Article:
The Dodgers are trying to build a championship-caliber team. The goal, that has evaded achievement for 29 years, is to win a World Series and to do that the team must be working like a well-oiled machine from the very onset of the season. The parts in this machine must function in unison and when one of those parts stops working, it must be swiftly removed from the equation. Pedro Baez is a piece not working in the Dodgers’ 2018 machine, and, now, it is time for him to be removed from this roster.
He is given chance after chance to succeed. To the dismay and confusion of many fans, Dodgers’ manager, Dave Roberts, went to Baez on a regular basis last year amidst struggles that should have warranted a trip to the minors or a designation for assignment. And, in almost all of those chances, Baez failed. To sugarcoat the results would be an injustice- they were awful.
But, patient and hopeful as the Dodgers remained, Baez, stayed on the roster. His start to the 2017 season, one that saw him working as a border-line elite reliever, warranted yet another opportunity, just another chance for the then 29-year old. He stayed on the roster through the playoffs but was seldom trusted to pitch there.
Spring 2018 and Bae was still there. He was deceiving. It looked for a moment this spring that Baez, who was booed every time he stepped on the field at Camelback Ranch, had turned a corner in his career and finally found consistency, his stride.
He made the roster.
2018 began and still, Baez looked good. He was striking guys out often and walking batters less frequently. He introduced his slider to hitters, a slider that looked untouchable in his first appearances of the season. But, unlike last year’s campaign, Baez’ deceitful success did not last until the All-Star Break, it lasted just three appearances before every outing started with uncertainty and a heart attack.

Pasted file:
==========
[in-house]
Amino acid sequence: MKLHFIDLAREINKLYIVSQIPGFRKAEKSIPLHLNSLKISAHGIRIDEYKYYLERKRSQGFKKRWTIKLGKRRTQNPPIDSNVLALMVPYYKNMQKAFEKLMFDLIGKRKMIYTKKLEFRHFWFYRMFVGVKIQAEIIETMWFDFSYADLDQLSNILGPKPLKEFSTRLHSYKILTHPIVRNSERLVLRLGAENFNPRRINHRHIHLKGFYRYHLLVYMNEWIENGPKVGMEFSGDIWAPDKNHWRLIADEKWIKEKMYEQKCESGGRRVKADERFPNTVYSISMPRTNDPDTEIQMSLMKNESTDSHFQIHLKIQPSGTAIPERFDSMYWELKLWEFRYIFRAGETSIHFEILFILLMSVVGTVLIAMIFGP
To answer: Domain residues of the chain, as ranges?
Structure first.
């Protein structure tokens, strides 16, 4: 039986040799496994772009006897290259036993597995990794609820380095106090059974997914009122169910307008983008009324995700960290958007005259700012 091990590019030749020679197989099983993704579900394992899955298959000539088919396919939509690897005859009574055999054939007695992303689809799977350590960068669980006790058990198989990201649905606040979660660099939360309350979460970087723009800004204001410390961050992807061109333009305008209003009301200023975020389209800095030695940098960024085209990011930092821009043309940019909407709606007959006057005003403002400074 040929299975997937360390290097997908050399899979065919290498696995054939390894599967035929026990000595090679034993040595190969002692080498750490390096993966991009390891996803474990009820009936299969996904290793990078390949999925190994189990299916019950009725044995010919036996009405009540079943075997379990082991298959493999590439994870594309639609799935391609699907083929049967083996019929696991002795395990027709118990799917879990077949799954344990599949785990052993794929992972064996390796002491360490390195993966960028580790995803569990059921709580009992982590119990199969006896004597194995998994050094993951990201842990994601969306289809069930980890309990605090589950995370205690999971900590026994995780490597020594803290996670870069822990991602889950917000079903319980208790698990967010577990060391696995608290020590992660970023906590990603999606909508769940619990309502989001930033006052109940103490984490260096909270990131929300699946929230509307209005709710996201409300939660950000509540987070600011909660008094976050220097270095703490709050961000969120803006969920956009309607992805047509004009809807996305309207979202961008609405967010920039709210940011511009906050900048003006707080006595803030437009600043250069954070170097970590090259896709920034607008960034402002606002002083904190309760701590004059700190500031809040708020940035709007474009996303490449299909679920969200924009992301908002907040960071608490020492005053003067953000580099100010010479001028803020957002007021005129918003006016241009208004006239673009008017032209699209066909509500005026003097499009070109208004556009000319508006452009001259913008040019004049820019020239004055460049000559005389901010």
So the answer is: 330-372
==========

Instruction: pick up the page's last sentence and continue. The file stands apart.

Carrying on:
The statistics are already alarming. In 12 appearances this season, Baez’s walks per nine innings rate is at an astronomical 6, his WHIP is 1.666, and his ERA is 4.50.
Now, reasonably speaking, not every reliever can be elite. Baez is certainly not that. But, His inconsistencies and him having clearly proven he is not a reliable three outs should be enough to remove him from a roster that is supposed to be championship caliber.
Enough is enough.
Baez’ is at the point in his career where a life-changing improvement is unlikely. He is 30-years old, his velocity is starting to decrease, and his contact percentage on balls put in play is either
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medium or hard contact 74 percent of the time.
This all being said and the cons far outway the pros. The evidence is heavily stacked against him and, at this point, it really is time for Baez to go.
Finding a buyer by way of direct trade is unlikely. No team will want to take him for the full price which leaves the Dodgers with two solutions: DFA and trade, or, option him to the minor leagues.
The latter of those two, sending him down, is the most rational move. Baez still has two options remaining and one would be used if he is in the minor leagues for 10 or more days.
A trip to Triple-A could be what he needs. Often, sending a struggling player down allows him to reset and get his bearings and where he’s at with both technique and success. Baez could easily come back and be usable in the middle innings.
But, be it harsher, a complete removal from the organization may be a necessary change for both sides. The Dodgers cannot continue to use Baez as is and Baez has not gotten, and will not get, any love from Dodger fans.
Whether it be permanent separation or a trip to the minor leagues, Pedro Baez is a problem for a roster that is struggling to begin with. A pitcher who is a test of wits every time he comes in has no business on the World Series runner-up roster. It really is time for a change with Pedro Baez.